When I saw Chuck Klosterman last year he was promoting his novel Downtown Owl but his reading was from the as-yet unpublished collection of essays, Eating the Dinosaur. That was alright. I picked up the novel and waited for the collection to be published. Somewhere along the line I must have gotten distracted by shiny things and forgotten all about the other book. (I’ve noticed that happens to me a lot. The distractions and the shiny things, I mean.) So when I was at the bookstore the other day picking up Rework I noticed that not only had Eating the Dinosaur been published, but it was out in paperback as well. The dinosaurs followed me home.
Along with the essay I heard Klosterman read last year, “The Passion of the Garth”, a criticism of Garth Brooks’ alter ego project, Chris Gaines, Eating the Dinosaur contains twelve other previously unpublished essays about pop culture. And in typical style they run the entire spectrum from insightful to silly. That’s sort of the appeal for reading Klosterman. There is a criticism of laugh tracks in sitcoms, an analysis of time travel that pays particular attention to one of the most interesting science fiction films I’ve seen in a long time, Primer by Shane Carruth. Klosterman covers a huge selection of topics. He writes about basketball, Nirvana, the Unabomber and ABBA. There’s a piece titled, “The Best Response” that imagines what the best response would be to archetypical controversial situations, usually involving some sort of duplicity upon the adoring public.
And then there’s the first essay, “Something Instead of Nothing”. This exploration of the journalistic interview is conducted as a set of interweaving interviews itself, peppered with some reflection. After discussing the difficulties both journalists and subjects have in portraying the truth about anything through an interview, Klosterman spends some trying to discover an answer to the question: Why do it? Why succumb to interviews? The essay outlines several different answers to that question before moving on to what I think is the more interesting question. How does this apply to normal people? People who have no celebrity, the millions of unfamous. Chris Heath a British writer starts with an interesting answer that Klosterman picks up and carries to a telling conclusion:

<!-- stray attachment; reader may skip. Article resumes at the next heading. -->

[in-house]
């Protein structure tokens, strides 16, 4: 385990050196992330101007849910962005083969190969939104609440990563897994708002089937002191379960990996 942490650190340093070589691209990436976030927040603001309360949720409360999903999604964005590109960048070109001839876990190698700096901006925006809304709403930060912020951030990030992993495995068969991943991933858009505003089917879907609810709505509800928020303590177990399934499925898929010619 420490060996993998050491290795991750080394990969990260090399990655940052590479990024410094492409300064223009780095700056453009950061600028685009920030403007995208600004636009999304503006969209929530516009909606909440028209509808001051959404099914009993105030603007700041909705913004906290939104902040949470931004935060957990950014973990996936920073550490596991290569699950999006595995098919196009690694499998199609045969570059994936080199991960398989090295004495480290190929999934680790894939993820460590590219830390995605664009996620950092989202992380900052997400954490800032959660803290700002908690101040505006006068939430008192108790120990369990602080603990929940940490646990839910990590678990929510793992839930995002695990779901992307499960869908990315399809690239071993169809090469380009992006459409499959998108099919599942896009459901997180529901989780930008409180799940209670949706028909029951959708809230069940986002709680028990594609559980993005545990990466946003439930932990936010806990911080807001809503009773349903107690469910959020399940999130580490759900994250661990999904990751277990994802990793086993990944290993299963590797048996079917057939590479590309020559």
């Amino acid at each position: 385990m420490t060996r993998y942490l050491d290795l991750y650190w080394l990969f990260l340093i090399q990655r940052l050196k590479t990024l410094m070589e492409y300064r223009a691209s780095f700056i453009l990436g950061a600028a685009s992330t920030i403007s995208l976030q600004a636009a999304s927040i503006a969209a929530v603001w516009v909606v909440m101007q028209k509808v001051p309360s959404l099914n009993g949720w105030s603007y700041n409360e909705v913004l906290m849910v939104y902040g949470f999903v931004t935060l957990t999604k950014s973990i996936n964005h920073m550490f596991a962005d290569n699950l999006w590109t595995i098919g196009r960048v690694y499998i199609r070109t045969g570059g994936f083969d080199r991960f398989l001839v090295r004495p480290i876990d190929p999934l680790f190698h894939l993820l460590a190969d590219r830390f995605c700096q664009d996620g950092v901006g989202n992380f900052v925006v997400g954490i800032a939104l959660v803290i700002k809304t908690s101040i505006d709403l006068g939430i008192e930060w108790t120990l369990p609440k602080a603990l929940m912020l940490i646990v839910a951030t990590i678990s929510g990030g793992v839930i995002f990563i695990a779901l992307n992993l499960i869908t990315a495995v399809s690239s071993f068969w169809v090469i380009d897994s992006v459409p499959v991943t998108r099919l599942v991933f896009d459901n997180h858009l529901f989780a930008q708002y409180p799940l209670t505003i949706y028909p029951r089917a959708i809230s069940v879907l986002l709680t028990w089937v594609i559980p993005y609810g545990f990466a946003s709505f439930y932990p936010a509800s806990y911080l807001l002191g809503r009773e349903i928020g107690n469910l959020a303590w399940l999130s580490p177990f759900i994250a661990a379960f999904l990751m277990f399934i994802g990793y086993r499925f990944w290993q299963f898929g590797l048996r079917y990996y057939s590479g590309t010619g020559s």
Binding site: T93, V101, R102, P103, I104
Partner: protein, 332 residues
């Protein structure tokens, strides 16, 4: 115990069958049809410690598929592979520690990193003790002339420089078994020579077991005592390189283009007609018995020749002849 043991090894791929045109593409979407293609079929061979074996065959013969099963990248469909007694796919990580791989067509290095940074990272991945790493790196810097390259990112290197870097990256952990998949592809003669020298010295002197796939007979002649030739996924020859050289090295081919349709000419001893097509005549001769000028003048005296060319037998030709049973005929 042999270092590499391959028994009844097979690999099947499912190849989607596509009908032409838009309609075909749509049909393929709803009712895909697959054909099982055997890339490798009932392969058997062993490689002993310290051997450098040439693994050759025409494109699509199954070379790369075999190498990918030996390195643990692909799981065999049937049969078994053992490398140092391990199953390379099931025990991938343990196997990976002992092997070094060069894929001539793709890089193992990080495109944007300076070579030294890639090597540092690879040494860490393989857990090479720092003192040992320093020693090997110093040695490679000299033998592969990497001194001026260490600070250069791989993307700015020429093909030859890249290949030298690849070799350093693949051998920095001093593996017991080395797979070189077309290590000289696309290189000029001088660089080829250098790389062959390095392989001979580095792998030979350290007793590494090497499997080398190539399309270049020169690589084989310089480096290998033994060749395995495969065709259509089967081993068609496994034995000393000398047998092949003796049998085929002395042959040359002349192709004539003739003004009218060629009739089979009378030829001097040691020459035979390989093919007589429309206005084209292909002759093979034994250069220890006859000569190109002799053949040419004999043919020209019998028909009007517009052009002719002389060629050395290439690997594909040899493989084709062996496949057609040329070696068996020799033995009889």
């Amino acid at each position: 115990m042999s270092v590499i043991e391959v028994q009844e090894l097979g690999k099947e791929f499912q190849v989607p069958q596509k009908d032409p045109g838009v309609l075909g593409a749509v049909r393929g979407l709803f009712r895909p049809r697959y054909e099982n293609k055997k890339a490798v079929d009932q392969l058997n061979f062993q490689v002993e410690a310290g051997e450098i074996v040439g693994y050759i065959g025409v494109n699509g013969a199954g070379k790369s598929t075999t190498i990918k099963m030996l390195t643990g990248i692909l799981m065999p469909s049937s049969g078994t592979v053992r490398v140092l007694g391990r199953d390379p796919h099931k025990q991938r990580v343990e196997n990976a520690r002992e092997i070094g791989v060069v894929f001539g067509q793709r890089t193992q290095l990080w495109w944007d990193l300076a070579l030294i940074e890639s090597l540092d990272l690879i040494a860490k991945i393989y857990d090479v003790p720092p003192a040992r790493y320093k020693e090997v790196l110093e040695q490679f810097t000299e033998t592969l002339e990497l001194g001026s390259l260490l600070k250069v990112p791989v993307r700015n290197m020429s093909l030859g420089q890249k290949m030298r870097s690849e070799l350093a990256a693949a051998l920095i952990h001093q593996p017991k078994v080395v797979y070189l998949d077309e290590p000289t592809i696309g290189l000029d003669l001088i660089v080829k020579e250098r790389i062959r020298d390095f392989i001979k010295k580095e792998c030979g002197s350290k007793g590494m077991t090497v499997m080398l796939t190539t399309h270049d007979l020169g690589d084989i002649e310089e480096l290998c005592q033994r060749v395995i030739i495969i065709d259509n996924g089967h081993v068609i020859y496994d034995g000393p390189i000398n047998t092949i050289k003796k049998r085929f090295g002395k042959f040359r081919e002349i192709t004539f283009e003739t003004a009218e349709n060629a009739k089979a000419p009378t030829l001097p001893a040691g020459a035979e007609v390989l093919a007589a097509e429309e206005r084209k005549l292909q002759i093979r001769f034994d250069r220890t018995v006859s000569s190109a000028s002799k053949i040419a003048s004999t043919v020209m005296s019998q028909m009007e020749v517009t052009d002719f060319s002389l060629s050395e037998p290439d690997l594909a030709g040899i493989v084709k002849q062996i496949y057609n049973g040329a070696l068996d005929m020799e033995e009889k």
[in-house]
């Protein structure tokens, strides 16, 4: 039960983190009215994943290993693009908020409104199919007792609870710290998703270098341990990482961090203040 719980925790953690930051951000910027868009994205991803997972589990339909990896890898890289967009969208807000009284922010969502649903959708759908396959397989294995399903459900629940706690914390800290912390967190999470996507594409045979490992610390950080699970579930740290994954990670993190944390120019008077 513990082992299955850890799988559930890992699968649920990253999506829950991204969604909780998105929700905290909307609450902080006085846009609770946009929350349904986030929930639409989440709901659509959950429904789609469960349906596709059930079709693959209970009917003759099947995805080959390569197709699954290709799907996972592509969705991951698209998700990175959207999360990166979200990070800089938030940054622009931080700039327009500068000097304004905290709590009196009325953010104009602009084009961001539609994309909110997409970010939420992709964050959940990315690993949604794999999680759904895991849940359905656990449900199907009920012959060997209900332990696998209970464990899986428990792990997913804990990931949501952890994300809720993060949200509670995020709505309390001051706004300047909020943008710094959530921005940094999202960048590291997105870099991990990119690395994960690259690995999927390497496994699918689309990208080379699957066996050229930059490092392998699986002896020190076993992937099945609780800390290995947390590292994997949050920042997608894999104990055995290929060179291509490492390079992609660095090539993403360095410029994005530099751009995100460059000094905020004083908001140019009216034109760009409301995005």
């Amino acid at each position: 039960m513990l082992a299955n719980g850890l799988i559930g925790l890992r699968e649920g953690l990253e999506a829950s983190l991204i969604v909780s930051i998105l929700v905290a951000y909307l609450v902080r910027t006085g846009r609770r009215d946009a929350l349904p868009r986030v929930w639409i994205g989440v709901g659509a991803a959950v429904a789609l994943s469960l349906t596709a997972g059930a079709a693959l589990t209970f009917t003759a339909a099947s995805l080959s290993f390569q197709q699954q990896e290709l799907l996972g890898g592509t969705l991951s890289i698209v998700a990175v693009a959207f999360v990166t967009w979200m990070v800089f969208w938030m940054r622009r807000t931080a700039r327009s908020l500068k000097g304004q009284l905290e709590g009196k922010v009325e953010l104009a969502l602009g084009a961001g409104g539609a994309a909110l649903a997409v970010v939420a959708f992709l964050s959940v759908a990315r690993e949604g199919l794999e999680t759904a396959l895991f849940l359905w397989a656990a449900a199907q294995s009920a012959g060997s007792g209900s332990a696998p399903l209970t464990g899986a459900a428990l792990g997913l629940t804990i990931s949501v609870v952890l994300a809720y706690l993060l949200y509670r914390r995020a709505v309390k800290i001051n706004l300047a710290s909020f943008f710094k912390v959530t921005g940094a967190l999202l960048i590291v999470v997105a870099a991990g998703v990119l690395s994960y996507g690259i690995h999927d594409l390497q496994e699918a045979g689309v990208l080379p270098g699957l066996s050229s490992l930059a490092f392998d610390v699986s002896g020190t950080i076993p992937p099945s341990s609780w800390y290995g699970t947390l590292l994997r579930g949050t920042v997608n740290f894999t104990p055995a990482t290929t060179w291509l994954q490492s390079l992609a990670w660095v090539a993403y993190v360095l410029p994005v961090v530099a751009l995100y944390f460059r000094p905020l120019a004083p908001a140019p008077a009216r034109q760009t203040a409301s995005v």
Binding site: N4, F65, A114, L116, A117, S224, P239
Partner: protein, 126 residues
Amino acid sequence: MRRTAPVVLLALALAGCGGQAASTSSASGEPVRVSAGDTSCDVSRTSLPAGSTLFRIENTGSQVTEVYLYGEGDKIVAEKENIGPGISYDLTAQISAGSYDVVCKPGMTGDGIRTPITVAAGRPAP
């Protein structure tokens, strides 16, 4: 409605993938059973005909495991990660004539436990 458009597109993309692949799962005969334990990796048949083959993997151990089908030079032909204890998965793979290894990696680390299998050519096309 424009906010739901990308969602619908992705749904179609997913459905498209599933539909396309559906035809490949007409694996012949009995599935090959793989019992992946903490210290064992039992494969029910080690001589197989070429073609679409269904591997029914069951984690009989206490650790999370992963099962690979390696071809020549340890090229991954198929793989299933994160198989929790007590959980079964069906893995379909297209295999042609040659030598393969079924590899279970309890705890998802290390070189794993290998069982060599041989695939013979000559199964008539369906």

Heath: We are used to the idea of giving witness to one’s life as an important and noble counterpoint to being unheard, especially when applied to people in certain disadvantaged, oppressed or unacceptable situations. […] I’m not sure that we aren’t seeing the emergence of a society in which almost everyone who isn’t famous considers themselves cruelly and unfairly unheard. [….] And so, the cruelly unheard millions are perpetually primed and fired up to answer any and all questions in order to redress this awful imbalance.
Klosterman: There’s a lot of truth in that last bit. Contemporary people are answering questions not because they’re flattered by the attention; they’re answering questions because they feel as though they deserved to be asked. About everything. Their opinions are special and so they are entitled to a public forum. Their voice is supposed to be heard, lest their life become empty.
This, in one paragraph, explains the rise of New Media.
Naturally, once I had read that exchange, I felt an overwhelming compulsion to write about it in my obscure little blog on the Internet. It was beyond my control.